What is first law of thermodynamics?

1 Answer
Jun 25, 2018

Answer:

It is a law that relates the exchange of energy of a system with its internal energy.

Explanation:

If you have a system (say, a gas) it is possible to change its internal energy by exchanging heat or work with the surrounding.

The first law tells us that when heat and/or work is exchanged the internal energy of the system changes.

This is written in mathematical form as:

#color(red)(DeltaE=Q-W)#

where #E# is the internal energy. #Q# is heat and #W# is work.
The signs are a bit tricky though; I studied this law as I wrote it because there is a convention in it:

When heat enters the System it is considered POSITIVE;
When heat exits the System it is considered NEGATIVE;

When work enters the System it is considered NEGATIVE;
When work exits the System it is considered POSITIVE;

[I suspect that this convention comes from the Industrial Revolution and the birth of Thermodynamics; a machine that gave out work meant GOOD work...that gave money; while a machine that required work to operate meant BAD work or money you had to input. Heat out was also bad because meant loss in performance and so in money gained....I think]

The first law may seem complicated at first but you have to think at it in terms of exchange of energy.
I give you an example:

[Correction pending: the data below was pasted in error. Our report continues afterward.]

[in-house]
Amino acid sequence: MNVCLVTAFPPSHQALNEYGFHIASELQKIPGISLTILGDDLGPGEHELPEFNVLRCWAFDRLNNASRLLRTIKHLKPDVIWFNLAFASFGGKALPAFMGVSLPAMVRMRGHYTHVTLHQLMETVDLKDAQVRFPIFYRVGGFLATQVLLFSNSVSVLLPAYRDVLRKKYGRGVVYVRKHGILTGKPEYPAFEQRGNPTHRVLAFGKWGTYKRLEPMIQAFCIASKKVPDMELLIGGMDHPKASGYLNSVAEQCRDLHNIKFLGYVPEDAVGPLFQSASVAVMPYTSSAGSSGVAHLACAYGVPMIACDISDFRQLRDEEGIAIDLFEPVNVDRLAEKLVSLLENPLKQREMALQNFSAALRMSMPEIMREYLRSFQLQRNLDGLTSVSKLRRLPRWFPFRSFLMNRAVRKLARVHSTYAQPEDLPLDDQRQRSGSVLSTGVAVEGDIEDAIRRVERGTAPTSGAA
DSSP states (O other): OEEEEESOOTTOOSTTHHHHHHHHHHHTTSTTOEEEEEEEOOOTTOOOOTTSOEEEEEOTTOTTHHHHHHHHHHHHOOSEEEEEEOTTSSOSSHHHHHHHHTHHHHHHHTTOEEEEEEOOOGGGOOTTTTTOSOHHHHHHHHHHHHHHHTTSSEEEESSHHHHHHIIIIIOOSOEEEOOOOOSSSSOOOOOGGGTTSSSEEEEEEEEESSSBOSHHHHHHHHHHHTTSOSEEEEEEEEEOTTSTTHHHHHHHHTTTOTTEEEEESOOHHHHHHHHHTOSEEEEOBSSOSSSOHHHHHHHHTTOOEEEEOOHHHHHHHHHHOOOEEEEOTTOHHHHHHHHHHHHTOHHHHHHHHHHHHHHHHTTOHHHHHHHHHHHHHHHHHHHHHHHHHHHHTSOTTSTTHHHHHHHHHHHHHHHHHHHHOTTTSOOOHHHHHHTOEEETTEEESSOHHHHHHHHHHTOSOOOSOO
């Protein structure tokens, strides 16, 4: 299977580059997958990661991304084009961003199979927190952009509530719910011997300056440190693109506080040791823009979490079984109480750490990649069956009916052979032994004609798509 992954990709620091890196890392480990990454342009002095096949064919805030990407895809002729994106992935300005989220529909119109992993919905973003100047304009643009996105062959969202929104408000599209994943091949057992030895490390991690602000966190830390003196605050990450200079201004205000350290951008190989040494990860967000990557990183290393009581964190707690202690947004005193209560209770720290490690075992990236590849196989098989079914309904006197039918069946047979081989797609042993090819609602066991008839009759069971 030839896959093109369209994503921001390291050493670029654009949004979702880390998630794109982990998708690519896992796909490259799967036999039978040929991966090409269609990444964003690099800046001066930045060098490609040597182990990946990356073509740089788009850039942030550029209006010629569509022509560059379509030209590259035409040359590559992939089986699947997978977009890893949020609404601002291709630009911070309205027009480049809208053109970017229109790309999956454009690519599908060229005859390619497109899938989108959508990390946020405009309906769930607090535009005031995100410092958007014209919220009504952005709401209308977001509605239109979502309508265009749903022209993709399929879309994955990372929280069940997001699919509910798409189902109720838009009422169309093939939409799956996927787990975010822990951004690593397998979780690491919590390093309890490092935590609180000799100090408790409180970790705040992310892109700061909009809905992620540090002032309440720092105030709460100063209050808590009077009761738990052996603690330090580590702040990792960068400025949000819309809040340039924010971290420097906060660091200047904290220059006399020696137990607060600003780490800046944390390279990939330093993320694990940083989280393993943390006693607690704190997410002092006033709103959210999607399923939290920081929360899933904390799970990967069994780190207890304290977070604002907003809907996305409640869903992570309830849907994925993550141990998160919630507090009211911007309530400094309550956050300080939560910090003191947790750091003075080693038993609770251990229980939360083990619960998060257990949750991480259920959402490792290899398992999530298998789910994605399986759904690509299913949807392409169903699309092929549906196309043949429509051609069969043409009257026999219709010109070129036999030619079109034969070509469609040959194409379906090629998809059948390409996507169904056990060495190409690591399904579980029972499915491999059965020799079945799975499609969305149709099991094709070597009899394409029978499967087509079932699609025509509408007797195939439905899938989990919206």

Imagine you have a gas in a cylinder that has a movable piston; visualize the internal energy of the gas as the vibration and movement of the gas particles.

upload.wikimedia.org

Now let us give energy to the gas:

1) we heat the gas (we lit a fire under the cylinder): energy is communicated to the gas through heat #Q_"in">0# so the particles of the gas start to vibrate and move more rapidly: the Internal Energy Increased and:

#DeltaE=Q-0>0# [no work]

ex: you give #100J# of heat (heat in so positive) so the internal energy increases of: #DeltaE=100J#

2) we compress the gas: work is done on the gas #W_"in"<0# and again energy enters the gas and visually we compress the molecules of the gas that start to bump into each other more frequently increasing their energy=internal energy:

#DeltaE=0-W>0# [no heat and work "negative"]

ex: you give #100J# of work compressing the gas so you get: #W=-100J# because is in :
#DeltaE=0-(-100)=100J#

3) Now you heat the cylinder and let the piston expand: the internal energy increases because the heat BUT also decreases because work is done by the system!!!

ex: heat in (positive) #Q_"in"=100J# and expansion of the piston (work out, positive) #W_"out"=40J# we get:

#DeltaE=Q-W=100-(+40)=60J# the internal energy increased only #60J#

What I do it is always let the minus (in red below) of the formula fixed and insert in brackets the numerical values for #Q# and #W# with right signs (in or out) and perform the operation to get #DeltaE#:

#DeltaE=(+-Q)color(red)(-)(+-W)#

Hope it helps!